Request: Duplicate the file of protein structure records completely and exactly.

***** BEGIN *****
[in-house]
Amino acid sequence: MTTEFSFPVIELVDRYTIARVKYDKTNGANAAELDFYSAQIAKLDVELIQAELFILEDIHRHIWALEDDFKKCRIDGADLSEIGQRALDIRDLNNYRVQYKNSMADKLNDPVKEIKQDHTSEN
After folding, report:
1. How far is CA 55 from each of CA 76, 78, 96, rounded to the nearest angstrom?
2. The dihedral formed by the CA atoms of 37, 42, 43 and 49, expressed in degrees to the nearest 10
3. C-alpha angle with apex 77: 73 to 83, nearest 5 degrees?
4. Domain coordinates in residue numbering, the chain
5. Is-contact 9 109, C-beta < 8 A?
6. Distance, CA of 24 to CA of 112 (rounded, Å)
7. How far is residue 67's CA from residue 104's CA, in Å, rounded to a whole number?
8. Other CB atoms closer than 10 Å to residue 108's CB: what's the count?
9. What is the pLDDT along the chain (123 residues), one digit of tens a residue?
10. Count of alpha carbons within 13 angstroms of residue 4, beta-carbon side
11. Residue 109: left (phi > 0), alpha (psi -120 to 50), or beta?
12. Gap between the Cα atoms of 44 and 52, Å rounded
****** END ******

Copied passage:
[in-house]
Amino acid sequence: MTTEFSFPVIELVDRYTIARVKYDKTNGANAAELDFYSAQIAKLDVELIQAELFILEDIHRHIWALEDDFKKCRIDGADLSEIGQRALDIRDLNNYRVQYKNSMADKLNDPVKEIKQDHTSEN
After folding, report:
1. How far is CA 55 from each of CA 76, 78, 96, rounded to the nearest angstrom?
2. The dihedral formed by the CA atoms of 37, 42, 43 and 49, expressed in degrees to the nearest 10
3. C-alpha angle with apex 77: 73 to 83, nearest 5 degrees?
4. Domain coordinates in residue numbering, the chain
5. Is-contact 9 109, C-beta < 8 A?
6. Distance, CA of 24 to CA of 112 (rounded, Å)
7. How far is residue 67's CA from residue 104's CA, in Å, rounded to a whole number?
8. Other CB atoms closer than 10 Å to residue 108's CB: what's the count?
9. What is the pLDDT along the chain (123 residues), one digit of tens a residue?
10. Count of alpha carbons within 13 angstroms of residue 4, beta-carbon side
11. Residue 109: left (phi > 0), alpha (psi -120 to 50), or beta?
12. Gap between the Cα atoms of 44 and 52, Å rounded